• Verify your files are available as expected with $ ls /boot/ then persist the configuration by editing /etc/fstab. For example:
##/etc/fstab
LABEL=arch64-laptop_rootfs / ext4 defaults 0 0
LABEL=esp /esp vfat defaults 0 0
/esp/EFI/boot/arch64-laptop /boot none defaults,bind 0 0
  • Update your bootloader to apply the root= kernel boot parameter as necessary. For example:
##/boot/refind_linux.conf
... root=LABEL=arch64-laptop_rootfs ...
Note: As of refind-efi 0.2.7, refind automatically detects kernels in /boot. They do not have to be renamed to have a .efi extension either. Hence, the following sync scripts aren't needed if using refind. You do need to isntall an EFI driver to read the Linux filesystem on which the kernel is stored, though.

Booting EFISTUB

Warning: Linux Kernel EFISTUB initramfs path should be relative to the EFI System Partition's root. For example, if the initramfs is located in $esp/EFI/arch/initramfs-linux.img, the corresponding UEFI formatted line should be initrd=/EFI/arch/initramfs-linux.img or initrd=\EFI\arch\initramfs-linux.img.

EFISTUB kernel can be booted using one of the following ways :

Using gummiboot

Gummiboot is a UEFI Boot Manager which provides a nice menu for EFISTUB Kernels. It is the recommended boot manager for EFISTUB booting. See gummiboot for more info.

Using rEFInd

rEFInd is a fork of rEFIt Boot Manager (used in Intel Macs) by Rod Smith (author of gdisk). rEFInd fixes many issues in rEFIt with respect to non-Mac UEFI booting and also has support for booting EFISTUB kernels and contains some features specific to them. See rEFInd for detail.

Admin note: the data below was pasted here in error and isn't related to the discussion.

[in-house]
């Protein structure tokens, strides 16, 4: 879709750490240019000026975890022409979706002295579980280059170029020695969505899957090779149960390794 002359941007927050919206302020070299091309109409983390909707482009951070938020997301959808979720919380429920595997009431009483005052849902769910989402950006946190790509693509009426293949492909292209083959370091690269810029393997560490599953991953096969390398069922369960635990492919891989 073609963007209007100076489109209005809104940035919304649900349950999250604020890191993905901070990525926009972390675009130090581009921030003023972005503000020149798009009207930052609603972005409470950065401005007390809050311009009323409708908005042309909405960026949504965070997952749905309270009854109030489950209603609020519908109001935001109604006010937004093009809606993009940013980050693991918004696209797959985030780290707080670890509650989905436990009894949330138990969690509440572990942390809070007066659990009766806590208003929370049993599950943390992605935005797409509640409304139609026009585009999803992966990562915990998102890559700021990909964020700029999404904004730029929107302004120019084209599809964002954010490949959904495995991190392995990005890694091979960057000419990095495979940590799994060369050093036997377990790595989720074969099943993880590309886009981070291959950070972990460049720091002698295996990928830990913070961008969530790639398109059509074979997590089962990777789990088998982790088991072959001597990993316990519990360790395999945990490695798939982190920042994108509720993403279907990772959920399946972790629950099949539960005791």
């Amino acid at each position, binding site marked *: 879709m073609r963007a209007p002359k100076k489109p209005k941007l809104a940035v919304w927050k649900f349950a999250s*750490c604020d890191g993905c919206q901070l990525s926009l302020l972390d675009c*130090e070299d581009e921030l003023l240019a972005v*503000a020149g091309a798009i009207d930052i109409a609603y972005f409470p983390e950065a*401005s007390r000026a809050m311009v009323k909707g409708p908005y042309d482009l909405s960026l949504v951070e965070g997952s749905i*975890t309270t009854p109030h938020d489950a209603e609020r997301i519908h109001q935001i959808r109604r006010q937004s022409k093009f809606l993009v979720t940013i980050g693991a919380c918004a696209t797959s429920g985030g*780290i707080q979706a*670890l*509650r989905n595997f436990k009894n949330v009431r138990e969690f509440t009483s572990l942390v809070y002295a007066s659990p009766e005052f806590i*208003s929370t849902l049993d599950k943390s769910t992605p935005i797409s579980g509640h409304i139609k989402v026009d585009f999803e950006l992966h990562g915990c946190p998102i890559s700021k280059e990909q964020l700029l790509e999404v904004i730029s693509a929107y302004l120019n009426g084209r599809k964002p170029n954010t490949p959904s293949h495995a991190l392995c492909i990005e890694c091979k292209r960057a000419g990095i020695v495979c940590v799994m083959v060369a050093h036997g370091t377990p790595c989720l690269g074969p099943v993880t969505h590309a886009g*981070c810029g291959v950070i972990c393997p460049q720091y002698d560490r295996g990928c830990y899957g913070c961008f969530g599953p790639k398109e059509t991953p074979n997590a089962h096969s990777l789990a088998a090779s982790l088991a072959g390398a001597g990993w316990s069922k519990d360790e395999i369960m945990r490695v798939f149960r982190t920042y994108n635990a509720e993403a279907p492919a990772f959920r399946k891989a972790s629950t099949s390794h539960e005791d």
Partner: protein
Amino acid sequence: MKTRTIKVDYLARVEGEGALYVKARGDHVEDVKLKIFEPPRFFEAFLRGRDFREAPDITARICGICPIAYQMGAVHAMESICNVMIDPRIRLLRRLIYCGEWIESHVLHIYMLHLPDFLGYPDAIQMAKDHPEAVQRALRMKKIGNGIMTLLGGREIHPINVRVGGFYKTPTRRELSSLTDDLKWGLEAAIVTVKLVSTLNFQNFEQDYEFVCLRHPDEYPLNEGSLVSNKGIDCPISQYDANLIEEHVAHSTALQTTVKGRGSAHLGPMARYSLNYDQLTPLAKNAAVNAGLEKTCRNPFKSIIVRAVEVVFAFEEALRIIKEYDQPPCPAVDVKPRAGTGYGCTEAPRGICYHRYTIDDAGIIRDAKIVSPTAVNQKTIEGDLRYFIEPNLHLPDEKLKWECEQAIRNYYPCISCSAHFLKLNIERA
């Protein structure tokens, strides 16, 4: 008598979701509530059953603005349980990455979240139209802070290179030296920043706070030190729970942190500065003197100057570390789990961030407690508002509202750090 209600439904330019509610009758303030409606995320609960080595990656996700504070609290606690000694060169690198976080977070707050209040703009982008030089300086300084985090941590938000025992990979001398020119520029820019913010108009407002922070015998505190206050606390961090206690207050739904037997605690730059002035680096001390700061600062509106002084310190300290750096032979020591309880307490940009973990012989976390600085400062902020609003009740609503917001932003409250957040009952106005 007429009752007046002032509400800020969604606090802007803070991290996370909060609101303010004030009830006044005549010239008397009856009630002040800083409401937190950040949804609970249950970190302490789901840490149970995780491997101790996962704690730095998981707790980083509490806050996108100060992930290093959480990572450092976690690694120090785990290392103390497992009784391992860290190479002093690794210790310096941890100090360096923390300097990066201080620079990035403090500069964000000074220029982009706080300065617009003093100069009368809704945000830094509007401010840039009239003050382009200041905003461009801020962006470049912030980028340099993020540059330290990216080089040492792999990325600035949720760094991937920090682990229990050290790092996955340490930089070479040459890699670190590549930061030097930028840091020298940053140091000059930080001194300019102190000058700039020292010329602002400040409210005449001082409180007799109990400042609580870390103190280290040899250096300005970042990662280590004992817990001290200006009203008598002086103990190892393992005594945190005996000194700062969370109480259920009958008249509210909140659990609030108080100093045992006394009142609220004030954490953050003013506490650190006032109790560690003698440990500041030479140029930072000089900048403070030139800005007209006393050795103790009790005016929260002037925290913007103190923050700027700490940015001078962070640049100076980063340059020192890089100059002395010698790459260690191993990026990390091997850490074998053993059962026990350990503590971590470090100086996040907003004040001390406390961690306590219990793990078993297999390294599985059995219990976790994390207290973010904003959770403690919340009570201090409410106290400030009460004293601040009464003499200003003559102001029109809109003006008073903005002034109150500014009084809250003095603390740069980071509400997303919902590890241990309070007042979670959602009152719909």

Using UEFI Shell

It is possible to launch EFISTUB kernel form UEFI Shell as if it is a normal UEFI application. In this case the kernel parameters are passed as normal parameters to the launched EFISTUB kernel file.

> fs0:
> cd \EFI\arch
> vmlinuz-arch.efi root=PARTUUID=3518bb68-d01e-45c9-b973-0b5d918aae96 rootfstype=ext4 add_efi_memmap initrd=EFI/arch/initramfs-arch.img

You can also write a simple archlinux.nsh file with your boot parameters and put it in your UEFI System Partition, then run it with:

> fs0:
> archlinux

Example Script:

$ESP/archlinux.nsh
echo -on
\EFI\arch\vmlinuz-arch.efi root=PARTUUID=3518bb68-d01e-45c9-b973-0b5d918aae96 rootfstype=ext4 add_efi_memmap initrd=/EFI/arch/initramfs-arch.img

This way you can specify UUID's without needing to remember the name or type out 20-30 characters.

Directly, without boot manager

Warning: Some kernel and efibootmgr combinations might not work without manual intervention [3]. You will be able to delete but not create boot entries.
Note: Some UEFI firmwares may not support embedding command line parameters to uefi applications in the boot entries.

It is possible to directly embed the kernel parameters within the UEFI boot entry. This means that you can use your UEFI boot order/motherboard GUI to directly boot Arch Linux without a separate boot manager. Change /dev/sdaX to where your Linux root is located.

# mount -t efivarfs efivarfs /sys/firmware/efi/efivars              # ignore if already mounted
# efibootmgr -c -L "Arch Linux" -l /vmlinuz-linux -u "root=/dev/sdaX initrd=/initramfs-linux.img"

It is a good idea to run

# efibootmgr -v

to verify that the resulting entry is correct. You should also consider reordering the boot options (efibootmgr -o) to place the Arch entry last, which could make the system easier to recover if it fails.

Tip: Save the command for creating your boot entry in a shell script somewhere, which makes it easier to modify (when changing kernel parameters, for example).

More info about efibootmgr at UEFI#efibootmgr. Forum post https://bbs.archlinux.org/viewtopic.php?pid=1090040#p1090040 .